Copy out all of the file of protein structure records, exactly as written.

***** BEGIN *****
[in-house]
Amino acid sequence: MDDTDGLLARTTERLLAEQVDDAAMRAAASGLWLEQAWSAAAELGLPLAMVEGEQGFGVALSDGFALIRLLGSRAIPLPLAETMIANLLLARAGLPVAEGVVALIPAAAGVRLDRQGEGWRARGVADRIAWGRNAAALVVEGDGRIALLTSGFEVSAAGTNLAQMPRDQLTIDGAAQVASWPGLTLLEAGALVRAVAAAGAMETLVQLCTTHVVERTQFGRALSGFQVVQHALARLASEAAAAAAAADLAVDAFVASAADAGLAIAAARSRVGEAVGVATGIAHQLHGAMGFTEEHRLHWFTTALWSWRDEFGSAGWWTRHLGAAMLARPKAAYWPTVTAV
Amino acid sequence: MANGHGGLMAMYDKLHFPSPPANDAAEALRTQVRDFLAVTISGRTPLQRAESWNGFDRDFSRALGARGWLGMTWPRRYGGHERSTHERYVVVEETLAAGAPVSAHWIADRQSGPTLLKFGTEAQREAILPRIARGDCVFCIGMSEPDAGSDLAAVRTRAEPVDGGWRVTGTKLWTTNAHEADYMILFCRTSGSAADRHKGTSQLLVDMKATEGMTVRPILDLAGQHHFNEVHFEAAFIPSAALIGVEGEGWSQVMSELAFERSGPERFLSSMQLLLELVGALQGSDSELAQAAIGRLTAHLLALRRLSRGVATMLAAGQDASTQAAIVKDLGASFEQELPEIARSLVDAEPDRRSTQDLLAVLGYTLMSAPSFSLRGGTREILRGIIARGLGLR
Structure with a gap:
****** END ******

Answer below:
[in-house]
Amino acid sequence: MDDTDGLLARTTERLLAEQVDDAAMRAAASGLWLEQAWSAAAELGLPLAMVEGEQGFGVALSDGFALIRLLGSRAIPLPLAETMIANLLLARAGLPVAEGVVALIPAAAGVRLDRQGEGWRARGVADRIAWGRNAAALVVEGDGRIALLTSGFEVSAAGTNLAQMPRDQLTIDGAAQVASWPGLTLLEAGALVRAVAAAGAMETLVQLCTTHVVERTQFGRALSGFQVVQHALARLASEAAAAAAAADLAVDAFVASAADAGLAIAAARSRVGEAVGVATGIAHQLHGAMGFTEEHRLHWFTTALWSWRDEFGSAGWWTRHLGAAMLARPKAAYWPTVTAV
Amino acid sequence: MANGHGGLMAMYDKLHFPSPPANDAAEALRTQVRDFLAVTISGRTPLQRAESWNGFDRDFSRALGARGWLGMTWPRRYGGHERSTHERYVVVEETLAAGAPVSAHWIADRQSGPTLLKFGTEAQREAILPRIARGDCVFCIGMSEPDAGSDLAAVRTRAEPVDGGWRVTGTKLWTTNAHEADYMILFCRTSGSAADRHKGTSQLLVDMKATEGMTVRPILDLAGQHHFNEVHFEAAFIPSAALIGVEGEGWSQVMSELAFERSGPERFLSSMQLLLELVGALQGSDSELAQAAIGRLTAHLLALRRLSRGVATMLAAGQDASTQAAIVKDLGASFEQELPEIARSLVDAEPDRRSTQDLLAVLGYTLMSAPSFSLRGGTREILRGIIARGLGLR
Structure with a gap: